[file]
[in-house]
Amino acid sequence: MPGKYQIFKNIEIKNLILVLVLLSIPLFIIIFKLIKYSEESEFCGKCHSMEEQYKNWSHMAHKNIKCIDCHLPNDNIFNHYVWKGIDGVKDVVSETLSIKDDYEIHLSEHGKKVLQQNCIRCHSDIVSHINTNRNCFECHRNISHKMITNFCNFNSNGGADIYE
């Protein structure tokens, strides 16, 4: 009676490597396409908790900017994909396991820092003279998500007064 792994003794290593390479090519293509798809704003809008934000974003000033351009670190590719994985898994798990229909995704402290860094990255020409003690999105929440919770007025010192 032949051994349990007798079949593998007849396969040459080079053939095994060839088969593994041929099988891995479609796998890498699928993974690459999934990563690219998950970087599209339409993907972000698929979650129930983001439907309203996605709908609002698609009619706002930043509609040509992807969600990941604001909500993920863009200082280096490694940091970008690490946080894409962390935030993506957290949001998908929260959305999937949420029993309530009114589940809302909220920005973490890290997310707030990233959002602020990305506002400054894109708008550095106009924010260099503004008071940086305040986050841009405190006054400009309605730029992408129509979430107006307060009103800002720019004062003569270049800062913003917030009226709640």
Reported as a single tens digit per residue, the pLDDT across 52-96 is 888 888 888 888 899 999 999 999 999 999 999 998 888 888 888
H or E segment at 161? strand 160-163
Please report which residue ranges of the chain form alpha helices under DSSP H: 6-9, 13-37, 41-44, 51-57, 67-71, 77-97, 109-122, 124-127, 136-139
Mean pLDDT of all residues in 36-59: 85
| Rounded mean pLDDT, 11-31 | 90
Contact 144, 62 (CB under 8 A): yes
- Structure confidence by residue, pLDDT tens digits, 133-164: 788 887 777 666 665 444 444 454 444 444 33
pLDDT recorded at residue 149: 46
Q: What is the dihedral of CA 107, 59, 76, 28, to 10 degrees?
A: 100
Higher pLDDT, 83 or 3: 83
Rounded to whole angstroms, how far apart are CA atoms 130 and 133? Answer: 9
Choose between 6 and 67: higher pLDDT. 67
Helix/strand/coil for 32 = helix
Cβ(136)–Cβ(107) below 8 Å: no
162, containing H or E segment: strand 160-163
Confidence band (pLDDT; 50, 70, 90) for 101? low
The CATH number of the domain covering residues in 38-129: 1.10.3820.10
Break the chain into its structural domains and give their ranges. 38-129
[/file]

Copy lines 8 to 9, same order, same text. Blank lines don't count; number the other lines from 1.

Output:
| Rounded mean pLDDT, 11-31 | 90
Contact 144, 62 (CB under 8 A): yes